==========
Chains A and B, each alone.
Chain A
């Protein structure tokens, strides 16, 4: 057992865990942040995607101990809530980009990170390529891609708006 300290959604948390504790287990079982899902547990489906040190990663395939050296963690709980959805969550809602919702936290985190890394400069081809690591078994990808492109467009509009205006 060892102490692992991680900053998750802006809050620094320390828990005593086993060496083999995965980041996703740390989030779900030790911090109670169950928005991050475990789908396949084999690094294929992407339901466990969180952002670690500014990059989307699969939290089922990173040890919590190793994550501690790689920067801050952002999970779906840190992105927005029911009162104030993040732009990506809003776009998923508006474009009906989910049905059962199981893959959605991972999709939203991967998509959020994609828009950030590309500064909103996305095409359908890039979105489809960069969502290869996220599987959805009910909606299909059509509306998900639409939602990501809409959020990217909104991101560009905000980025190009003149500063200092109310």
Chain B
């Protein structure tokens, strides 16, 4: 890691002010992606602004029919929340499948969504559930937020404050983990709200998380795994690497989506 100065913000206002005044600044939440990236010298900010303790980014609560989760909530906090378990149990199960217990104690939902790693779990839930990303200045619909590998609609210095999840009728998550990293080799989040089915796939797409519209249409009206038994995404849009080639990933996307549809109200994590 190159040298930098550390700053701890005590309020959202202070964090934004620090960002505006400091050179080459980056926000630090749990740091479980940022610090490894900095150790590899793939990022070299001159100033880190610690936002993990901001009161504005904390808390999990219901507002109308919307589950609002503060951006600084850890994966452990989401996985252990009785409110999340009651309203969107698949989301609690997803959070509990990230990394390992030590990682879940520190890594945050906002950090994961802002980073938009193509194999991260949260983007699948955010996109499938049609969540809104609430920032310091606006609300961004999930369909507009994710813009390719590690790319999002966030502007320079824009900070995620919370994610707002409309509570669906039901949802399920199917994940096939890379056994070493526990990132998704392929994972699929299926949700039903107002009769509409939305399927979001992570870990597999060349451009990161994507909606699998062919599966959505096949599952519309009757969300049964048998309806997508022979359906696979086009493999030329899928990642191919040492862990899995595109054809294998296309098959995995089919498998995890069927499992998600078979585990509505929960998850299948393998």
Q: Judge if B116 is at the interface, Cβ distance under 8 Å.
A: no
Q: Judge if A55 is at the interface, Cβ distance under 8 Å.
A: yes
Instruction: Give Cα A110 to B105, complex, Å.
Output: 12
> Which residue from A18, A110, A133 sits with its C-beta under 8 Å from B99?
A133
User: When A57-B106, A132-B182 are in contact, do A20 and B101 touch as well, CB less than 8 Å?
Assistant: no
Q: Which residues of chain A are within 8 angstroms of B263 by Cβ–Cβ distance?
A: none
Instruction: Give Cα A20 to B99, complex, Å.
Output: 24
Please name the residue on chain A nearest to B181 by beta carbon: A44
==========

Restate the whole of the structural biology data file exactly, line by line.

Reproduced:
Chains A and B, each alone.
Chain A
């Protein structure tokens, strides 16, 4: 057992865990942040995607101990809530980009990170390529891609708006 300290959604948390504790287990079982899902547990489906040190990663395939050296963690709980959805969550809602919702936290985190890394400069081809690591078994990808492109467009509009205006 060892102490692992991680900053998750802006809050620094320390828990005593086993060496083999995965980041996703740390989030779900030790911090109670169950928005991050475990789908396949084999690094294929992407339901466990969180952002670690500014990059989307699969939290089922990173040890919590190793994550501690790689920067801050952002999970779906840190992105927005029911009162104030993040732009990506809003776009998923508006474009009906989910049905059962199981893959959605991972999709939203991967998509959020994609828009950030590309500064909103996305095409359908890039979105489809960069969502290869996220599987959805009910909606299909059509509306998900639409939602990501809409959020990217909104991101560009905000980025190009003149500063200092109310």
Chain B
């Protein structure tokens, strides 16, 4: 890691002010992606602004029919929340499948969504559930937020404050983990709200998380795994690497989506 100065913000206002005044600044939440990236010298900010303790980014609560989760909530906090378990149990199960217990104690939902790693779990839930990303200045619909590998609609210095999840009728998550990293080799989040089915796939797409519209249409009206038994995404849009080639990933996307549809109200994590 190159040298930098550390700053701890005590309020959202202070964090934004620090960002505006400091050179080459980056926000630090749990740091479980940022610090490894900095150790590899793939990022070299001159100033880190610690936002993990901001009161504005904390808390999990219901507002109308919307589950609002503060951006600084850890994966452990989401996985252990009785409110999340009651309203969107698949989301609690997803959070509990990230990394390992030590990682879940520190890594945050906002950090994961802002980073938009193509194999991260949260983007699948955010996109499938049609969540809104609430920032310091606006609300961004999930369909507009994710813009390719590690790319999002966030502007320079824009900070995620919370994610707002409309509570669906039901949802399920199917994940096939890379056994070493526990990132998704392929994972699929299926949700039903107002009769509409939305399927979001992570870990597999060349451009990161994507909606699998062919599966959505096949599952519309009757969300049964048998309806997508022979359906696979086009493999030329899928990642191919040492862990899995595109054809294998296309098959995995089919498998995890069927499992998600078979585990509505929960998850299948393998």
Q: Judge if B116 is at the interface, Cβ distance under 8 Å.
A: no
Q: Judge if A55 is at the interface, Cβ distance under 8 Å.
A: yes
Instruction: Give Cα A110 to B105, complex, Å.
Output: 12
> Which residue from A18, A110, A133 sits with its C-beta under 8 Å from B99?
A133
User: When A57-B106, A132-B182 are in contact, do A20 and B101 touch as well, CB less than 8 Å?
Assistant: no
Q: Which residues of chain A are within 8 angstroms of B263 by Cβ–Cβ distance?
A: none
Instruction: Give Cα A20 to B99, complex, Å.
Output: 24
Please name the residue on chain A nearest to B181 by beta carbon: A44